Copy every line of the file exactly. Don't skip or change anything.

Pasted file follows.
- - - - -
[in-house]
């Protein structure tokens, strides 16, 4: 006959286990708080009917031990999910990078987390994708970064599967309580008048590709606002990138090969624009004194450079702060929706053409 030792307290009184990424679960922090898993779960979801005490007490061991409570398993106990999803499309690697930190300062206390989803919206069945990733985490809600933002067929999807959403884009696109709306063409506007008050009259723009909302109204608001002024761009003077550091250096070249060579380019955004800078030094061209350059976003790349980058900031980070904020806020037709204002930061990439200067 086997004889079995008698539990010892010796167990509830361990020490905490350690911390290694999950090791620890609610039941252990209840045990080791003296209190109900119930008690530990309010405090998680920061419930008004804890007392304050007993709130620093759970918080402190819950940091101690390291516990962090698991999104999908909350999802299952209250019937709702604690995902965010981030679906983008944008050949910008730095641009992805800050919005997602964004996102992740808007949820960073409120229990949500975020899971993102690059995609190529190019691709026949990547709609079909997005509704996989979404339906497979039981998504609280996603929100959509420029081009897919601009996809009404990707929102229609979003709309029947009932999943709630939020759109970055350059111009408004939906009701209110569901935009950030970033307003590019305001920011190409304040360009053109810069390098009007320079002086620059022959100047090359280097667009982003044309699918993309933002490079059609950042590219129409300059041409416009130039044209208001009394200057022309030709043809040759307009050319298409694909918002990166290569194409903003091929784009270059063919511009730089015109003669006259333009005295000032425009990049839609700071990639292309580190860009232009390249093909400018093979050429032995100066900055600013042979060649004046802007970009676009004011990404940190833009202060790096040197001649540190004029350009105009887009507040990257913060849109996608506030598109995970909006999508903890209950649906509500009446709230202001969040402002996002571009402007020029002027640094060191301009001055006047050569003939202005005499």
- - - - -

[in-house]
């Protein structure tokens, strides 16, 4: 006959286990708080009917031990999910990078987390994708970064599967309580008048590709606002990138090969624009004194450079702060929706053409 030792307290009184990424679960922090898993779960979801005490007490061991409570398993106990999803499309690697930190300062206390989803919206069945990733985490809600933002067929999807959403884009696109709306063409506007008050009259723009909302109204608001002024761009003077550091250096070249060579380019955004800078030094061209350059976003790349980058900031980070904020806020037709204002930061990439200067 086997004889079995008698539990010892010796167990509830361990020490905490350690911390290694999950090791620890609610039941252990209840045990080791003296209190109900119930008690530990309010405090998680920061419930008004804890007392304050007993709130620093759970918080402190819950940091101690390291516990962090698991999104999908909350999802299952209250019937709702604690995902965010981030679906983008944008050949910008730095641009992805800050919005997602964004996102992740808007949820960073409120229990949500975020899971993102690059995609190529190019691709026949990547709609079909997005509704996989979404339906497979039981998504609280996603929100959509420029081009897919601009996809009404990707929102229609979003709309029947009932999943709630939020759109970055350059111009408004939906009701209110569901935009950030970033307003590019305001920011190409304040360009053109810069390098009007320079002086620059022959100047090359280097667009982003044309699918993309933002490079059609950042590219129409300059041409416009130039044209208001009394200057022309030709043809040759307009050319298409694909918002990166290569194409903003091929784009270059063919511009730089015109003669006259333009005295000032425009990049839609700071990639292309580190860009232009390249093909400018093979050429032995100066900055600013042979060649004046802007970009676009004011990404940190833009202060790096040197001649540190004029350009105009887009507040990257913060849109996608506030598109995970909006999508903890209950649906509500009446709230202001969040402002996002571009402007020029002027640094060191301009001055006047050569003939202005005499």